Farming Practices

Instead of making fast food, at Hidden Springs Farm, we're all about slow food.

Dean and I are people who don’t necessarily “vacation” well, and as silly as it sounds, we almost prefer to work. You might say we were cut out for this. Early mornings, late nights and keeping up with a multitude of chores is just stamped into our DNA. I guess you could say it all comes down to what happens when you combine a little knowledge with a passion to do things on your own terms.

When we started the dairy we had a strong desire to make the best choices for the animals and the land. So far we’ve stuck to those goals. Some people call it “sustainable” and what it really comes down to is doing what ensures the well-being of our flock as well as the land on which we depend. We think the key to sustainability is harmony – harmony with the land, the animals and our neighbors.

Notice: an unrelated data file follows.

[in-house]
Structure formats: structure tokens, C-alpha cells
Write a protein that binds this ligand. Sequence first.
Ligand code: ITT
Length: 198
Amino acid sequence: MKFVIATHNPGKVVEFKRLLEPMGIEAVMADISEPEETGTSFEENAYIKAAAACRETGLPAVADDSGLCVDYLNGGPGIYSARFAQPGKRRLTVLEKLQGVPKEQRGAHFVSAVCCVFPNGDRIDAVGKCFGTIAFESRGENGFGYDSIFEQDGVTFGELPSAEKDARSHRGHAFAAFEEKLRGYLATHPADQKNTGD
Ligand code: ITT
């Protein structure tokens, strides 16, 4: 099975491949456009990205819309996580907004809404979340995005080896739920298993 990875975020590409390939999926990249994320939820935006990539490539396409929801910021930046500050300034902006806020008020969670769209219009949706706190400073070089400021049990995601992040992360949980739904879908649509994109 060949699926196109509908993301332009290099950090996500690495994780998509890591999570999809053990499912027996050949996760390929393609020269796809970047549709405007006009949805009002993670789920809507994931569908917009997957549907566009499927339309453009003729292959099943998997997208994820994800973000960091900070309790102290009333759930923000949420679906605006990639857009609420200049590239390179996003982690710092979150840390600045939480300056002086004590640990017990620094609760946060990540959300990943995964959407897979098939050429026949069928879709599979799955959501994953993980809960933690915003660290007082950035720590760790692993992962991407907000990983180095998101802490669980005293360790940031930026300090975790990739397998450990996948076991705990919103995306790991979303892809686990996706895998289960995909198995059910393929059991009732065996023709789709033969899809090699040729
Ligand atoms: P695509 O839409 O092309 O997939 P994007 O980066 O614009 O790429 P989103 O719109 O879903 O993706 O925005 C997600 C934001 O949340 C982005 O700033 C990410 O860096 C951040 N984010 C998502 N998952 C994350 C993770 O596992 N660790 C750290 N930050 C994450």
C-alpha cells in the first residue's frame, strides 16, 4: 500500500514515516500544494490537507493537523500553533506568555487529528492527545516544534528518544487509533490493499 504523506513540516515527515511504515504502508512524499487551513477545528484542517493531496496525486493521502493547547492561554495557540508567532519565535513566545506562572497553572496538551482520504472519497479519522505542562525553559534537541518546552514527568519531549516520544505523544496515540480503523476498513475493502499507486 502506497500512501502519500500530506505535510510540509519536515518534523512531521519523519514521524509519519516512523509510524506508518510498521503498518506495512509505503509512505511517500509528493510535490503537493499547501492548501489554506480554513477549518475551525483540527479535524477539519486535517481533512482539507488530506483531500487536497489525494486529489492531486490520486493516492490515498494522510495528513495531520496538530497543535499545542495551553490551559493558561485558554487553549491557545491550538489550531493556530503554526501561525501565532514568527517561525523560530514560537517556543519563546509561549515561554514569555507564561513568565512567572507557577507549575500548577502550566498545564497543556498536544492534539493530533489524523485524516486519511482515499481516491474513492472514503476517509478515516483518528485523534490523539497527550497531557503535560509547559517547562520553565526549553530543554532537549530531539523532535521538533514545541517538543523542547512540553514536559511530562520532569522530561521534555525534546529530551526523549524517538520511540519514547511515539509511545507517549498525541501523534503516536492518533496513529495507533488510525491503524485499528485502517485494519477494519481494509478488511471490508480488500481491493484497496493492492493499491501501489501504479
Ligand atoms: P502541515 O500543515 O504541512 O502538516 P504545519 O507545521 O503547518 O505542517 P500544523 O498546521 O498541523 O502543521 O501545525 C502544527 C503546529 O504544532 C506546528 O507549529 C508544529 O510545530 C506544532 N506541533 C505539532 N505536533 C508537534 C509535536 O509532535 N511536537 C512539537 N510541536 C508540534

Doing things the old-fashioned way is kind of nice. We trade equipment with the neighbors who were there for us as we got the creamery up and running. Instead of a tractor, we mow the fields using a team of Percheron draft horses. We followed the lead of our Amish neighbors who knew this gentle tillage is easier on the land. The horses are strong and willing workers with a quiet temperament which grew out of centuries of intimate relationships with their farmers. 

Our guard donkey, Jezebel, patrols our seventy-six acres of farmland and protects our flock from coyotes. Thirty acres of fenced pastures offer fresh, sweet rich grass. During spring through summer, subtle grassy flavors enhance our cheese.  Twice a day the sheep are coaxed into the milking parlor for “treats” as an auger feed system drops food  to milking stations “move on down” to make room for the sheep behind them. It’s an ingenious system. 

We believe the rich, unique flavors of our handcrafted farmstead sheep’s milk cheeses are enhanced by the deliberate way we care for our sheep, the land, and the community we call home.